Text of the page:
Name: Lindsay Adams
Location: Washington, D.C.
Bio: Artist, Lindsay Adams, a DMV Native, uses her corporate career and world studies to communicate different interpretations of art forms through painting and drawing. She began drawing and painting at an early age. While attending a youth summer camp at Corcoran College of Art & Design, she began tightening her skills, and devoted more time to her art. In high school, she received diligent instruction and guidance, and took Drawing and Painting as a major course. Along with her artistic fervor, Lindsay is also passionate about diversity and inclusion awareness, foreign language, and fashion. After participating in Model United Nations for two years, she decided that in college, she would study Foreign Relations. Lindsay received two Bachelor of Arts in International Studies, with a concentration in World Politics and Diplomacy, and Spanish from the University of Richmond. During the day she is a management consultant for a top consulting firm, where she is a Strategic Communications Strategist, specializing in brand strategy and social media. She is passionate about storytelling and using words and art to capture the essence of identity.
She is passionate about diversity and inclusion, art , education, and of course, art again! She lives by self-care, long baths, lit candles, and journaling. Her passion for art as a personal form of expression began at a young age. She has been living with and overcoming Cerebral Palsy since birth, and art has always been her serene outlet to find peace in what can often be chaos. Her life mantra which is also permanently tattooed on her side is Protect Your Peace. As the hands behind #ipaintinheels, she continues to spread love through painting and storytelling.
Hands that paint, and lips that pray; she recently expanded her portfolio, combining the mediums of oil, acrylic, watercolor, ink and digital abstracts.
Some of her biggest projects include, Gentlewoman by Enintan Bereola, Chic from A to Z Coloring Book for Kahlana Barfield, Fashion and Beauty Editor of Instyle Magazine, and many more.
Describe your experience as a current artist.
I’m currently doing art part-time, and though I do love it so, I’m not sure if it’s something I plan on doing full-time in the near future. I have been an artist most of my life, but I began pursuing it professionally since 2013. I started taking art seriously at a very young age, attending focused art camps, and deciding to be a Studio Art Major at the Holton-Arms School. When I began college at The University of Richmond, I was actually a Studio Art Minor, though I ended up swapping it out to be a Double Major in International Studies and Spanish, I took an Art course whenever my schedule allowed.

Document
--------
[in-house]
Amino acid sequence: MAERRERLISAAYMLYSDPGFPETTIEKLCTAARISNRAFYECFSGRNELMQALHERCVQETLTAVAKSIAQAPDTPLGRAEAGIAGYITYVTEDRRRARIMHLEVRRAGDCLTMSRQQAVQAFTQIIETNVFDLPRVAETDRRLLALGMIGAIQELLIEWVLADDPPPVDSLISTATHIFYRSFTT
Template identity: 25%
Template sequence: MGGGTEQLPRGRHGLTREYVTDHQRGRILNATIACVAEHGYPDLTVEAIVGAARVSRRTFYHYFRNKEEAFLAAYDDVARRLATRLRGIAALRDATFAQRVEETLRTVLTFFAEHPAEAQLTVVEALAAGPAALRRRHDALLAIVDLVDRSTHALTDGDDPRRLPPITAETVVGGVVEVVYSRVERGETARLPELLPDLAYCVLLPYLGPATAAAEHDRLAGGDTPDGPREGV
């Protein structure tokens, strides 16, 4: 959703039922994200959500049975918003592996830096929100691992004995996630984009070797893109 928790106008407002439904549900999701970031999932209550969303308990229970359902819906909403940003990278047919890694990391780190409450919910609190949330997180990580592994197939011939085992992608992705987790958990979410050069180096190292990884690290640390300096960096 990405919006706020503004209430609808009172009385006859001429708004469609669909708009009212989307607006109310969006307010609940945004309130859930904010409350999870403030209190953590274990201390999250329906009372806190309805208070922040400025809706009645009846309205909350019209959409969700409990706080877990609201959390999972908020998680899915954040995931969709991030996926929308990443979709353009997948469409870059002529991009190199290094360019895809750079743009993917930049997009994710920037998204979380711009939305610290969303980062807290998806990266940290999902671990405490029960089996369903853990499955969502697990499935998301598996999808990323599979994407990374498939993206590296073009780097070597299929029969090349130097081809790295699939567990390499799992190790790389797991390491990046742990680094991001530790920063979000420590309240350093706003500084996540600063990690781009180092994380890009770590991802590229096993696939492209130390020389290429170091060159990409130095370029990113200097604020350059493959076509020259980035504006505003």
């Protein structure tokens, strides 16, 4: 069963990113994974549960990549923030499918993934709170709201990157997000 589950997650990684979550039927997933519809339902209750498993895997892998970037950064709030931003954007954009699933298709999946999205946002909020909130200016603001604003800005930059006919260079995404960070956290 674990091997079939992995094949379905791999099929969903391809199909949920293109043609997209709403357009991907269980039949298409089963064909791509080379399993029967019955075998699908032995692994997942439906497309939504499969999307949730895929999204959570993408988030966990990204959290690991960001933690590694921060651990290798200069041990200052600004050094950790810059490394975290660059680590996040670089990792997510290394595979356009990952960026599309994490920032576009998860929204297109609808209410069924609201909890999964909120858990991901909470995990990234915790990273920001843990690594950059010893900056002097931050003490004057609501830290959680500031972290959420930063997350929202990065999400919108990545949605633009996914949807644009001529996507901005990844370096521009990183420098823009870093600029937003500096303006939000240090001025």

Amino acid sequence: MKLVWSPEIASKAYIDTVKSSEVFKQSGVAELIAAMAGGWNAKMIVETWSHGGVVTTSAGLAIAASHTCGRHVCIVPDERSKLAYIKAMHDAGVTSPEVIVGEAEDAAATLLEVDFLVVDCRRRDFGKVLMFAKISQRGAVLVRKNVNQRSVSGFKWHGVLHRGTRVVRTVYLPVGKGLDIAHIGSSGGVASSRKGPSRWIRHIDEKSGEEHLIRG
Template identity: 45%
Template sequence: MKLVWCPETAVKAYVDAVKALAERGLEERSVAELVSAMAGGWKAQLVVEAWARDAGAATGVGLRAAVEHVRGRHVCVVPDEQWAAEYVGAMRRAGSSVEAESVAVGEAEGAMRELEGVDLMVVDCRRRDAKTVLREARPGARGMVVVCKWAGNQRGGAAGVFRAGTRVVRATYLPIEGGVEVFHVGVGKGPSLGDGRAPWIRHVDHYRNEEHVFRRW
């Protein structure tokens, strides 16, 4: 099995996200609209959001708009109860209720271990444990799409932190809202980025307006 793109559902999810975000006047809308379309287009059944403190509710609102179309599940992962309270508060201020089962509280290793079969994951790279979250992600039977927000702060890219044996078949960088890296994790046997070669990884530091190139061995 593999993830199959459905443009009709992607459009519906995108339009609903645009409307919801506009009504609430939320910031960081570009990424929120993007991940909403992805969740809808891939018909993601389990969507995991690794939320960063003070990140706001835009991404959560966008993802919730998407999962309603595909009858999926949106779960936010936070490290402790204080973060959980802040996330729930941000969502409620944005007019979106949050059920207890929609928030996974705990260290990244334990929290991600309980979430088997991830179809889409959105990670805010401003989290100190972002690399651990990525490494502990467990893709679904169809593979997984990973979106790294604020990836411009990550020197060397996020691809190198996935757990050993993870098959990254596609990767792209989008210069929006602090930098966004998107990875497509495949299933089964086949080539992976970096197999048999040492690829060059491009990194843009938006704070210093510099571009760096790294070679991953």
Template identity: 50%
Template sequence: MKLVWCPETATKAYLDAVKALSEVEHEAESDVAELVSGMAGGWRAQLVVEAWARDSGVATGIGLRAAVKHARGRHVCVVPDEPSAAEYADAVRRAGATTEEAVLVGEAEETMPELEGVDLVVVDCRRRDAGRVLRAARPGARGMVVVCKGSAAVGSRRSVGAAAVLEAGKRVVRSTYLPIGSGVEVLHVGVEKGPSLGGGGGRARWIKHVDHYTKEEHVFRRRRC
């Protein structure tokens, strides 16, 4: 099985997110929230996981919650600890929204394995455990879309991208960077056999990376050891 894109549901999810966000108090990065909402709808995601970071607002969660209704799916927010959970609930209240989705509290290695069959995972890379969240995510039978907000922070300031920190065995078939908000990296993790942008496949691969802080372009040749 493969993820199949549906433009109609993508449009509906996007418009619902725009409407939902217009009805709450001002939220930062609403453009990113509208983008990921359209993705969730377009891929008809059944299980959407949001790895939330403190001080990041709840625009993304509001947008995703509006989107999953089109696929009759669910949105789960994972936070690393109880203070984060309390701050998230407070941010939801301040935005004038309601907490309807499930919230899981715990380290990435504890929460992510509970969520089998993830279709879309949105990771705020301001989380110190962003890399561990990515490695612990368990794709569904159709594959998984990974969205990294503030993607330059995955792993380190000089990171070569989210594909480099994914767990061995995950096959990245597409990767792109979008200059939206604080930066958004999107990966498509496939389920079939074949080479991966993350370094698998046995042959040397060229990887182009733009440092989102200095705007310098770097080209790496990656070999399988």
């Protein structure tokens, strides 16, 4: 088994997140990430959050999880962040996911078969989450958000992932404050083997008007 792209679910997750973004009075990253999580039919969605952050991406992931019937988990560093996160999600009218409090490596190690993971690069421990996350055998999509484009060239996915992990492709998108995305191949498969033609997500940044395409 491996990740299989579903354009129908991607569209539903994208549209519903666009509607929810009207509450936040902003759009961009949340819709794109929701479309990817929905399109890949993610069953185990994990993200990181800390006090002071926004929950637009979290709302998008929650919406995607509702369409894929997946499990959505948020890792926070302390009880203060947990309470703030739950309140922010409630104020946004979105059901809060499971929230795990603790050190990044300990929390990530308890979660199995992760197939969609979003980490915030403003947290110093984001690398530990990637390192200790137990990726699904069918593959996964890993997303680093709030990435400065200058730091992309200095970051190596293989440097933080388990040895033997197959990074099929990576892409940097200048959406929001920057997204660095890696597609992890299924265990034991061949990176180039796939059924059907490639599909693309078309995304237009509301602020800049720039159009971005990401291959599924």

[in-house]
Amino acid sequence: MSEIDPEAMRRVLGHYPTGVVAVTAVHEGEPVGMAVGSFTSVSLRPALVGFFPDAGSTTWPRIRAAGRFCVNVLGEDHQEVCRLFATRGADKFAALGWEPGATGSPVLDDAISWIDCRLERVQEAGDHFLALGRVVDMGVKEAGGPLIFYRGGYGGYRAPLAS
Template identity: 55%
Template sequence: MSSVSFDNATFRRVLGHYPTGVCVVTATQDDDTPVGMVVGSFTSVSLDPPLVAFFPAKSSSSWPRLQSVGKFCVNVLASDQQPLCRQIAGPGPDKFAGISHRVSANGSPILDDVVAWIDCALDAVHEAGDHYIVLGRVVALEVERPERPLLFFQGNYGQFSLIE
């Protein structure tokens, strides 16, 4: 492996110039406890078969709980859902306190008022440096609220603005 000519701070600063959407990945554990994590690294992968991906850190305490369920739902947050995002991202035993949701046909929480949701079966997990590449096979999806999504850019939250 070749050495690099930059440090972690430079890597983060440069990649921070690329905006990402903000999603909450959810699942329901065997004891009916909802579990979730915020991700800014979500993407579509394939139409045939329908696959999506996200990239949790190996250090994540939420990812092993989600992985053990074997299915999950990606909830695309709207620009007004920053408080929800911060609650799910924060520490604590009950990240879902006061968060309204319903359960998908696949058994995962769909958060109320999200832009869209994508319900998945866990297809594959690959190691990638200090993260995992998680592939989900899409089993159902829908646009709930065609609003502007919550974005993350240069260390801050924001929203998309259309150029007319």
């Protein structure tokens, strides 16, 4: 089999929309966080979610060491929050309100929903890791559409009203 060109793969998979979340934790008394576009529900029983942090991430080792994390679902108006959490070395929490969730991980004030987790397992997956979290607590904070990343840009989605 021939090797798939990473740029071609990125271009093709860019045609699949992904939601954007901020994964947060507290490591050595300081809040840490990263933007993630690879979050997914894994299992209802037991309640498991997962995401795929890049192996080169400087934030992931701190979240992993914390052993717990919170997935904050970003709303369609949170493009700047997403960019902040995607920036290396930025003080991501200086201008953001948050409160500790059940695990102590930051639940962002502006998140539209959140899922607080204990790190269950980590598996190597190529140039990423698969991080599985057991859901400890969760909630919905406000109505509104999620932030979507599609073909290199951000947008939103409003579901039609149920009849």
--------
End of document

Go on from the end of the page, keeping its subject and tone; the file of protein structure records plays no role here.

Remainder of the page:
My art is directly related to expression and communication from my soul. Art serves me, just as much as I serve it. Growing up with a disability, and a communication disordered, I often felt like a loner, and would turn to art as a release. Being able to have the motor control I do, while having cerebral palsy is an anomaly, so I don’t take it lightly or for granted. My purpose in art is to share, inspire, and practice self preservation. Owning my truth, no matter what it looks like. As I test new mediums, and dabble with more abstracts, I’m learning how to relinquish the control that I used to glorify. It’s ok to just walk, and believe that success is inevitable, and I’m learning that through my art.
What was your occupation or education prior to becoming an artist?
By day I am a Management Consultant for a top consulting firm. I focus on Strategic Communications, Brand and Digital Strategy. I am currently the Social Media Manager for a Defense client, and work internally with diversity and inclusion and disability inclusion initiatives. I think being a Brand and Comms Strategist helps me as an Artist, and I think being an Artist, similarly, helps me as a Consultant. Initially I was pursuing art to escape from the woes of Corporate America, but I am now learning to exist in both realms. I do love Art Direction and shaping visual identity, but as of now, I enjoy doing both. (My salary also helps pay for the art supplies lol)
What was your biggest challenge in pursuing art and how did you overcome it?